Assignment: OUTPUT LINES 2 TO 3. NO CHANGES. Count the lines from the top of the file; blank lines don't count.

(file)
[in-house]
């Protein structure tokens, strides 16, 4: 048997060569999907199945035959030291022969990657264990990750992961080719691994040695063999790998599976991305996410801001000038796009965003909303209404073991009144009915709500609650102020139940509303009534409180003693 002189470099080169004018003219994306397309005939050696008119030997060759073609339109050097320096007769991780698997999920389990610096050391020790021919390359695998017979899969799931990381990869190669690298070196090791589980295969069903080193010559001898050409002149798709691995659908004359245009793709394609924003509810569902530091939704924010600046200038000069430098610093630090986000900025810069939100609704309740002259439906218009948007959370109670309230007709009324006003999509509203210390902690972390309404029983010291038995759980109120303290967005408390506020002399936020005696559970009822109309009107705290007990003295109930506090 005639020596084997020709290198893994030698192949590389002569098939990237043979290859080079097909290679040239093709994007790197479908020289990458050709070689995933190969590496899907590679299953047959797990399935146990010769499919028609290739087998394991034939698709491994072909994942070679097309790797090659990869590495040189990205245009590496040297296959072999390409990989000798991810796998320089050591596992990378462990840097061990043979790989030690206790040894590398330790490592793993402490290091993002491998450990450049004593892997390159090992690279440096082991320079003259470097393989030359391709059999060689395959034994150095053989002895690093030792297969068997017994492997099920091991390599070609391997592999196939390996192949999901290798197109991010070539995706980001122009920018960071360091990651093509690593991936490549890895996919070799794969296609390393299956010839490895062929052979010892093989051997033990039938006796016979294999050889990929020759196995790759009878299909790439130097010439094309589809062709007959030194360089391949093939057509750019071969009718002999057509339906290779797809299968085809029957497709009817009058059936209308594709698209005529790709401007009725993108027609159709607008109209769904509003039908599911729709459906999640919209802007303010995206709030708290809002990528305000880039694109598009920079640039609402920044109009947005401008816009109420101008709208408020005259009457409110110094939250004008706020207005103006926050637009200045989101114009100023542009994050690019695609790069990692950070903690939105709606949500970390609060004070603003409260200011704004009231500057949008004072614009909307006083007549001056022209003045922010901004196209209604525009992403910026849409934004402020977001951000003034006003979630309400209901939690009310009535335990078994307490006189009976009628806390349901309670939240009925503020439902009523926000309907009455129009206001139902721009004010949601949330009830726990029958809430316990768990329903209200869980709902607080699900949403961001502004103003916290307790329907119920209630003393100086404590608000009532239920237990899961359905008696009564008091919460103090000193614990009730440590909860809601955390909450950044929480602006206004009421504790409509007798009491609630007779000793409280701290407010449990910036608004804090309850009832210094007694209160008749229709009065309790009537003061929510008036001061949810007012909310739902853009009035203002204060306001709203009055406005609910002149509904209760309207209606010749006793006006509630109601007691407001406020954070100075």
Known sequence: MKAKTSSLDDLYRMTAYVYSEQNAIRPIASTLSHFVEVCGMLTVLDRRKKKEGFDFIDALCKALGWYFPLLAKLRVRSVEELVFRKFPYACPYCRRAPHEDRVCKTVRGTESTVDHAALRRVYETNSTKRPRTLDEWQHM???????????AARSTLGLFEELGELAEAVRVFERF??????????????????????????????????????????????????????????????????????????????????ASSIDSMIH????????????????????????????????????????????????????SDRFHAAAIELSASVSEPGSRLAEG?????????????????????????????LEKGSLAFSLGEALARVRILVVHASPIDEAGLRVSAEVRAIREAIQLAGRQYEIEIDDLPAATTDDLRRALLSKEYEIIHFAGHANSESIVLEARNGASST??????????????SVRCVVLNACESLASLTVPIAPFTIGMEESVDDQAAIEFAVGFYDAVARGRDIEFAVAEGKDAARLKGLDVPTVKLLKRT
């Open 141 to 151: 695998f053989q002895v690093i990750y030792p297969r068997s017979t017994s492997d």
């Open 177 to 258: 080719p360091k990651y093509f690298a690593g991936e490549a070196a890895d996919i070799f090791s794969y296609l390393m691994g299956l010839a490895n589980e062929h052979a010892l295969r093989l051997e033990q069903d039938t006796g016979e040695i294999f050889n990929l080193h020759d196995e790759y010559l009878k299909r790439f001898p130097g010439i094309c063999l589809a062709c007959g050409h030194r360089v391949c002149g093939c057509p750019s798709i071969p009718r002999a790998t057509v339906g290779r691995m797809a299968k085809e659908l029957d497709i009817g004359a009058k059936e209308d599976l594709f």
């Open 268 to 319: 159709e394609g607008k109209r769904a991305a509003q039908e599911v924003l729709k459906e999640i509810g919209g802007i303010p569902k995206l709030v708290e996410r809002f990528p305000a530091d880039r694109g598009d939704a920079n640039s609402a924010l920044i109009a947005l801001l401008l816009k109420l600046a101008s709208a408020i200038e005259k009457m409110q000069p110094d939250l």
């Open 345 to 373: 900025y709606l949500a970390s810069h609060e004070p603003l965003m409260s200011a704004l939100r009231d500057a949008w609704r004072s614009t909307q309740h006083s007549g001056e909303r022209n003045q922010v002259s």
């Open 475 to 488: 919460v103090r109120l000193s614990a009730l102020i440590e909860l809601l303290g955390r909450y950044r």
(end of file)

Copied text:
């Protein structure tokens, strides 16, 4: 048997060569999907199945035959030291022969990657264990990750992961080719691994040695063999790998599976991305996410801001000038796009965003909303209404073991009144009915709500609650102020139940509303009534409180003693 002189470099080169004018003219994306397309005939050696008119030997060759073609339109050097320096007769991780698997999920389990610096050391020790021919390359695998017979899969799931990381990869190669690298070196090791589980295969069903080193010559001898050409002149798709691995659908004359245009793709394609924003509810569902530091939704924010600046200038000069430098610093630090986000900025810069939100609704309740002259439906218009948007959370109670309230007709009324006003999509509203210390902690972390309404029983010291038995759980109120303290967005408390506020002399936020005696559970009822109309009107705290007990003295109930506090 005639020596084997020709290198893994030698192949590389002569098939990237043979290859080079097909290679040239093709994007790197479908020289990458050709070689995933190969590496899907590679299953047959797990399935146990010769499919028609290739087998394991034939698709491994072909994942070679097309790797090659990869590495040189990205245009590496040297296959072999390409990989000798991810796998320089050591596992990378462990840097061990043979790989030690206790040894590398330790490592793993402490290091993002491998450990450049004593892997390159090992690279440096082991320079003259470097393989030359391709059999060689395959034994150095053989002895690093030792297969068997017994492997099920091991390599070609391997592999196939390996192949999901290798197109991010070539995706980001122009920018960071360091990651093509690593991936490549890895996919070799794969296609390393299956010839490895062929052979010892093989051997033990039938006796016979294999050889990929020759196995790759009878299909790439130097010439094309589809062709007959030194360089391949093939057509750019071969009718002999057509339906290779797809299968085809029957497709009817009058059936209308594709698209005529790709401007009725993108027609159709607008109209769904509003039908599911729709459906999640919209802007303010995206709030708290809002990528305000880039694109598009920079640039609402920044109009947005401008816009109420101008709208408020005259009457409110110094939250004008706020207005103006926050637009200045989101114009100023542009994050690019695609790069990692950070903690939105709606949500970390609060004070603003409260200011704004009231500057949008004072614009909307006083007549001056022209003045922010901004196209209604525009992403910026849409934004402020977001951000003034006003979630309400209901939690009310009535335990078994307490006189009976009628806390349901309670939240009925503020439902009523926000309907009455129009206001139902721009004010949601949330009830726990029958809430316990768990329903209200869980709902607080699900949403961001502004103003916290307790329907119920209630003393100086404590608000009532239920237990899961359905008696009564008091919460103090000193614990009730440590909860809601955390909450950044929480602006206004009421504790409509007798009491609630007779000793409280701290407010449990910036608004804090309850009832210094007694209160008749229709009065309790009537003061929510008036001061949810007012909310739902853009009035203002204060306001709203009055406005609910002149509904209760309207209606010749006793006006509630109601007691407001406020954070100075």
Known sequence: MKAKTSSLDDLYRMTAYVYSEQNAIRPIASTLSHFVEVCGMLTVLDRRKKKEGFDFIDALCKALGWYFPLLAKLRVRSVEELVFRKFPYACPYCRRAPHEDRVCKTVRGTESTVDHAALRRVYETNSTKRPRTLDEWQHM???????????AARSTLGLFEELGELAEAVRVFERF??????????????????????????????????????????????????????????????????????????????????ASSIDSMIH????????????????????????????????????????????????????SDRFHAAAIELSASVSEPGSRLAEG?????????????????????????????LEKGSLAFSLGEALARVRILVVHASPIDEAGLRVSAEVRAIREAIQLAGRQYEIEIDDLPAATTDDLRRALLSKEYEIIHFAGHANSESIVLEARNGASST??????????????SVRCVVLNACESLASLTVPIAPFTIGMEESVDDQAAIEFAVGFYDAVARGRDIEFAVAEGKDAARLKGLDVPTVKLLKRT